Syria tops survey of journalists fleeing into exile 

Exile

June 18, Damascus: The Committee to Protect Journalists has helped more journalists fleeing into exile from Syria than any other country in the past five years, according to a report released today. Over that period, Syria and Ethiopia surpassed Iran as the leading country from which journalists flee, according to a survey of 452 journalists assisted by CPJ. Eritrea and Somalia, which have both received global attention for their high number of emigrants, also sent dozens of journalists into exile.

“Global attention has focused on the abductions and murders of international journalists in Syria, but even as the environment has deteriorated for foreign correspondents, local media have suffered tremendous losses,” said María Salazar-Ferro, coordinator of CPJ’s Journalist Assistance program. “Facing the same or greater risks as international correspondents, but without an easy path out of the country, Syrian journalists have been forced to leave their jobs and are driven into hiding or across borders, often without family or possessions.”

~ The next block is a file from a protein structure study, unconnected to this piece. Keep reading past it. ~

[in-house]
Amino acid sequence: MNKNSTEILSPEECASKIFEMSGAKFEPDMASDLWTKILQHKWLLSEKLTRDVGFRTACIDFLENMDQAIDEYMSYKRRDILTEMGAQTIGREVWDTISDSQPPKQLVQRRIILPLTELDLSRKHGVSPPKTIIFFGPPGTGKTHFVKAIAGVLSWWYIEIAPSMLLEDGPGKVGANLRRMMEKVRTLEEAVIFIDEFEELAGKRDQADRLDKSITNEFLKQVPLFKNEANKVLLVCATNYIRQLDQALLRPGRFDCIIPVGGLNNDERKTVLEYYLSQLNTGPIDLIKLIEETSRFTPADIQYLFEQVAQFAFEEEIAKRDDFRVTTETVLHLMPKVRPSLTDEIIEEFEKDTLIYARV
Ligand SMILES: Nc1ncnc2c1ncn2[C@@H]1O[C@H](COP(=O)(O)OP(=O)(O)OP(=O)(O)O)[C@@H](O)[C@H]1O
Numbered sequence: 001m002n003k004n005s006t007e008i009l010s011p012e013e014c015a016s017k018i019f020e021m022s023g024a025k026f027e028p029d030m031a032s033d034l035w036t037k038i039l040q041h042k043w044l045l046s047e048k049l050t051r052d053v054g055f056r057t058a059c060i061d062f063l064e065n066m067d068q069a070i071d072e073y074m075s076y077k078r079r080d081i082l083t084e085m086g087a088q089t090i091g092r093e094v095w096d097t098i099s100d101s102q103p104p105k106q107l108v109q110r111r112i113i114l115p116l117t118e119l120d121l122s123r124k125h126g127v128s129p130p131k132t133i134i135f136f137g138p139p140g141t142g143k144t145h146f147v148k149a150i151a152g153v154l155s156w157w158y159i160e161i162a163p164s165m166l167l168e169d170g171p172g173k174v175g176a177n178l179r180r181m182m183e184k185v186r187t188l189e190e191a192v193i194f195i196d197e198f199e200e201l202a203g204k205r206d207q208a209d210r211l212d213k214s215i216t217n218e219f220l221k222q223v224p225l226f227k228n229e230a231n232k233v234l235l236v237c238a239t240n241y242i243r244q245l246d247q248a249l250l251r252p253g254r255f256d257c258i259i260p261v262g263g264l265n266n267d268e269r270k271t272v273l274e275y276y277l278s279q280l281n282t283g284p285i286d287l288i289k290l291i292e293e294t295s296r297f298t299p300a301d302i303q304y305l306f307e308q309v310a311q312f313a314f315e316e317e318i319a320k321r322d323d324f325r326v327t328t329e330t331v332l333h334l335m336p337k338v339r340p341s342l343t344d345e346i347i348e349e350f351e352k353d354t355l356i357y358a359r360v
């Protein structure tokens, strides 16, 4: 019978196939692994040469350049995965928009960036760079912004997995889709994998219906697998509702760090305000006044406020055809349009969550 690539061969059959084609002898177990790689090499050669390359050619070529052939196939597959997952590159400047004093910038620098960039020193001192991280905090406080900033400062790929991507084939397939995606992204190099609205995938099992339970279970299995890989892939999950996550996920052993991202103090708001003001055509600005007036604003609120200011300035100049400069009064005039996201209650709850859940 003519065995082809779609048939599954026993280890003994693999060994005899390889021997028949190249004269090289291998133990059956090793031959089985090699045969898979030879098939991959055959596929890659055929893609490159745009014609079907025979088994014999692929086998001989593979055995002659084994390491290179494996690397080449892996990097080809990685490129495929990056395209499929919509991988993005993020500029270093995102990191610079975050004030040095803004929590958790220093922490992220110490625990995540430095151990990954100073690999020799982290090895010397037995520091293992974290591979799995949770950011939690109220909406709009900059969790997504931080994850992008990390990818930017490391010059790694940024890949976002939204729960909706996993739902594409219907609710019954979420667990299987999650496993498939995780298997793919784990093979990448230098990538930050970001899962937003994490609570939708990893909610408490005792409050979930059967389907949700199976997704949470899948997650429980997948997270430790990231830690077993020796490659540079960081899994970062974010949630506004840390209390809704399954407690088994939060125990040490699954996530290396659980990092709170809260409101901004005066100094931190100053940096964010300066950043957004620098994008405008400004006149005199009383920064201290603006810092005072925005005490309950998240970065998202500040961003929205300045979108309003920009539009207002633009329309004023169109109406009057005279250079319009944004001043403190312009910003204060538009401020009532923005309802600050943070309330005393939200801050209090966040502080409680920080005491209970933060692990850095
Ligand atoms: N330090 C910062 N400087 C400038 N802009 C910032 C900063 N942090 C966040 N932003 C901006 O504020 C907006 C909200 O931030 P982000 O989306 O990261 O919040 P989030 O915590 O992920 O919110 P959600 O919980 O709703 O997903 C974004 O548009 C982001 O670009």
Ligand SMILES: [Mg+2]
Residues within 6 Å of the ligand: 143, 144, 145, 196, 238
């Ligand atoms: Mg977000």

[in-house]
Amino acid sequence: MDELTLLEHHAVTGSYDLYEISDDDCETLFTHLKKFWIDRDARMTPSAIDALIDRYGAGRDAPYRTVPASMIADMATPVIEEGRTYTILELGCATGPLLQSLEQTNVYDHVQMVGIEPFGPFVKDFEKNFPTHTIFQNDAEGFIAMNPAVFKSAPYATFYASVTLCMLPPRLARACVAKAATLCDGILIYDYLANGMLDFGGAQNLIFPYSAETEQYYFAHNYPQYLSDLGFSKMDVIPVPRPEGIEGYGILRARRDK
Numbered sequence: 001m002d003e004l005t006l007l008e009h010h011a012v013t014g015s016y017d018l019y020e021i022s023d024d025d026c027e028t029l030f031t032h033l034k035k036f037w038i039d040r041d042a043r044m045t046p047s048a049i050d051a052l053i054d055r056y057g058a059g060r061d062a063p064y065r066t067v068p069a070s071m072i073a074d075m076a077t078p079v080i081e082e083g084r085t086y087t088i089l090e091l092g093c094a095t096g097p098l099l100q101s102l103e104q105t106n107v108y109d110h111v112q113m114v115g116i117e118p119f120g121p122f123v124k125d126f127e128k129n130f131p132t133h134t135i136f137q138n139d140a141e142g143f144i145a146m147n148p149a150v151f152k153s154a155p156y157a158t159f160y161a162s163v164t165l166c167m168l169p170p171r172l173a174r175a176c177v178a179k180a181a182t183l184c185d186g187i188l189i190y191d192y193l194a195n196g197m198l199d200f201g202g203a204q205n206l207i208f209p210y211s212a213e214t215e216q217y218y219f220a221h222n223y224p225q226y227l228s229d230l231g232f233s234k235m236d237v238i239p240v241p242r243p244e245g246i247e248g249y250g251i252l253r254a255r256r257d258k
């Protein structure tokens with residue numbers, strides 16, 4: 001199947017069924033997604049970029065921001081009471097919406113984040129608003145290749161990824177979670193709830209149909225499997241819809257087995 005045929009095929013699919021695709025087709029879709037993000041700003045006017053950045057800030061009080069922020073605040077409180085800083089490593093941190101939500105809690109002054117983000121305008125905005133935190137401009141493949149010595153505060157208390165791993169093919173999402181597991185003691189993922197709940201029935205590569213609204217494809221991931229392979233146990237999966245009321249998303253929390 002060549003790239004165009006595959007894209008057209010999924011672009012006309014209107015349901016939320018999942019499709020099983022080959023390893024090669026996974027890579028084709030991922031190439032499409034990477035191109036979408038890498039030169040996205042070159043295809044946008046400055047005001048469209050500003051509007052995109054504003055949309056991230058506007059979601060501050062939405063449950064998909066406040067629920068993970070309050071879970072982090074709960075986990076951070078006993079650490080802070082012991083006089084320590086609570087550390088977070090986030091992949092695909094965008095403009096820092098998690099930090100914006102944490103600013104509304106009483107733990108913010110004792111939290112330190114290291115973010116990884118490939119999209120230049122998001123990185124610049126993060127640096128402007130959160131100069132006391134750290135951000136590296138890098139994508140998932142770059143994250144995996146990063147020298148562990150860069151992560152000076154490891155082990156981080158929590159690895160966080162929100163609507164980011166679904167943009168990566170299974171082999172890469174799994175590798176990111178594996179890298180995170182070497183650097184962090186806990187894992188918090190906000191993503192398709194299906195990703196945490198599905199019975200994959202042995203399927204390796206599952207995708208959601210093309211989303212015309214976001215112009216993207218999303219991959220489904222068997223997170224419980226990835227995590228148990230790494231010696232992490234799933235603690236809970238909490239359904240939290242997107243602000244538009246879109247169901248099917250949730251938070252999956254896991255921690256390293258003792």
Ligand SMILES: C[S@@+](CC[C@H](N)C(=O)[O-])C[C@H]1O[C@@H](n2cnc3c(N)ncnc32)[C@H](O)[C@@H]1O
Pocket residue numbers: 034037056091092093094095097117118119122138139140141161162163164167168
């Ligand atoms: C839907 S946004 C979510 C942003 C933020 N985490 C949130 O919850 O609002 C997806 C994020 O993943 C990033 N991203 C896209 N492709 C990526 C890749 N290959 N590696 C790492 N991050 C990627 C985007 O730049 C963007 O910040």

CPJ has helped 101 Syrian journalists go into exile since the conflict escalated in spring 2011. CPJ’s report, headlined “Exiled: When the most dangerous place for journalists is your country,” uses interactive maps to follow the journeys of four Syrian journalists who were harassed, threatened, detained or attacked by the Assad regime or militant groups such as Islamic State–or both–before deciding to flee.

Countries with the highest number of exiled journalists fare poorly in other indications of press freedom. Syria has been the most deadly country for journalists for three consecutive years, with at least 83 killed in direct relation to their work since 2011. More than 90 journalists have been abducted, and about 20 are still missing, many of whom are believed to be held by Islamic State.

Iraq, Somalia, and Pakistan joined Syria in the ranks of deadliest places for journalists in 2014. Ethiopia, Iran, Eritrea, and Cuba are among the 10 most censored countries worldwide.

Only about 17 percent of exiled journalists are able to resume work in their field, CPJ found, and only 4 percent are able to return to their home country.

To help journalists reach safe destinations, regain stability, and earn a living, CPJ’s Journalist Assistance Program works with other organizations to offer advocacy, logistical, and financial support.

The Oslo Times

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